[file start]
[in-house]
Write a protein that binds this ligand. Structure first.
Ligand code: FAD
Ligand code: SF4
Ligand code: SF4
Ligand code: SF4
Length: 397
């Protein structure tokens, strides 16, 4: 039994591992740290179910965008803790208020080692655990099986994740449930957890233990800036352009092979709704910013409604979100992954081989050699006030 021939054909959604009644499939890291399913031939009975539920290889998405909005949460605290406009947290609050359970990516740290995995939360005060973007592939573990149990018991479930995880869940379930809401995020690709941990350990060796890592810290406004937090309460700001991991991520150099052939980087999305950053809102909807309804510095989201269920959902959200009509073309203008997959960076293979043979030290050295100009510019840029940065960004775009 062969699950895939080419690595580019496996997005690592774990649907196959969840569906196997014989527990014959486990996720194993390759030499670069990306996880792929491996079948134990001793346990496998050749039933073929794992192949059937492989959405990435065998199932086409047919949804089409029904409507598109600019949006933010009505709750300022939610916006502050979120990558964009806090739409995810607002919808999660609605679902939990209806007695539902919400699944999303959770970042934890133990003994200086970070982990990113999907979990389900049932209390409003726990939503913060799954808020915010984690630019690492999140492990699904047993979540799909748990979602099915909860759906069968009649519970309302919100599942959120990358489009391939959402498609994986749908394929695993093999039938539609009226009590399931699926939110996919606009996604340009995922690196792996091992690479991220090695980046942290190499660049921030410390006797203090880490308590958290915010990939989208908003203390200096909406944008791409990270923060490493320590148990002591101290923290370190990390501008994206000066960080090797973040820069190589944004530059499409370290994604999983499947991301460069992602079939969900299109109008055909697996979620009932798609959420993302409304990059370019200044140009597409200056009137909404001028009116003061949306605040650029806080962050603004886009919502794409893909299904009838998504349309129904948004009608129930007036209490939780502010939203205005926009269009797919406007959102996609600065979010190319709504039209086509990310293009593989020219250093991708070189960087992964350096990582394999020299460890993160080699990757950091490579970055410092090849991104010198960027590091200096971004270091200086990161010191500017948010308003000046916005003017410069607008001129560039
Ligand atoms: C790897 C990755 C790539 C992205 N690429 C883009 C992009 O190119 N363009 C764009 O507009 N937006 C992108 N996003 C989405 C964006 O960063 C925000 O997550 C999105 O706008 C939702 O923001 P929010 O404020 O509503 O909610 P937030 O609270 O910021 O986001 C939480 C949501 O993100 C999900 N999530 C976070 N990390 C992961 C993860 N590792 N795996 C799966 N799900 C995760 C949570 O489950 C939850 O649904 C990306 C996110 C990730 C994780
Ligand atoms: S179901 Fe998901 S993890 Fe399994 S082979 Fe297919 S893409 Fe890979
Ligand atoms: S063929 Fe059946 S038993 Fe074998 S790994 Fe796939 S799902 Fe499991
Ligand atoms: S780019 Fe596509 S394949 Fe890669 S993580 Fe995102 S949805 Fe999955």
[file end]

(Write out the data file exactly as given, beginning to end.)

[in-house]
Write a protein that binds this ligand. Structure first.
Ligand code: FAD
Ligand code: SF4
Ligand code: SF4
Ligand code: SF4
Length: 397
């Protein structure tokens, strides 16, 4: 039994591992740290179910965008803790208020080692655990099986994740449930957890233990800036352009092979709704910013409604979100992954081989050699006030 021939054909959604009644499939890291399913031939009975539920290889998405909005949460605290406009947290609050359970990516740290995995939360005060973007592939573990149990018991479930995880869940379930809401995020690709941990350990060796890592810290406004937090309460700001991991991520150099052939980087999305950053809102909807309804510095989201269920959902959200009509073309203008997959960076293979043979030290050295100009510019840029940065960004775009 062969699950895939080419690595580019496996997005690592774990649907196959969840569906196997014989527990014959486990996720194993390759030499670069990306996880792929491996079948134990001793346990496998050749039933073929794992192949059937492989959405990435065998199932086409047919949804089409029904409507598109600019949006933010009505709750300022939610916006502050979120990558964009806090739409995810607002919808999660609605679902939990209806007695539902919400699944999303959770970042934890133990003994200086970070982990990113999907979990389900049932209390409003726990939503913060799954808020915010984690630019690492999140492990699904047993979540799909748990979602099915909860759906069968009649519970309302919100599942959120990358489009391939959402498609994986749908394929695993093999039938539609009226009590399931699926939110996919606009996604340009995922690196792996091992690479991220090695980046942290190499660049921030410390006797203090880490308590958290915010990939989208908003203390200096909406944008791409990270923060490493320590148990002591101290923290370190990390501008994206000066960080090797973040820069190589944004530059499409370290994604999983499947991301460069992602079939969900299109109008055909697996979620009932798609959420993302409304990059370019200044140009597409200056009137909404001028009116003061949306605040650029806080962050603004886009919502794409893909299904009838998504349309129904948004009608129930007036209490939780502010939203205005926009269009797919406007959102996609600065979010190319709504039209086509990310293009593989020219250093991708070189960087992964350096990582394999020299460890993160080699990757950091490579970055410092090849991104010198960027590091200096971004270091200086990161010191500017948010308003000046916005003017410069607008001129560039
Ligand atoms: C790897 C990755 C790539 C992205 N690429 C883009 C992009 O190119 N363009 C764009 O507009 N937006 C992108 N996003 C989405 C964006 O960063 C925000 O997550 C999105 O706008 C939702 O923001 P929010 O404020 O509503 O909610 P937030 O609270 O910021 O986001 C939480 C949501 O993100 C999900 N999530 C976070 N990390 C992961 C993860 N590792 N795996 C799966 N799900 C995760 C949570 O489950 C939850 O649904 C990306 C996110 C990730 C994780
Ligand atoms: S179901 Fe998901 S993890 Fe399994 S082979 Fe297919 S893409 Fe890979
Ligand atoms: S063929 Fe059946 S038993 Fe074998 S790994 Fe796939 S799902 Fe499991
Ligand atoms: S780019 Fe596509 S394949 Fe890669 S993580 Fe995102 S949805 Fe999955």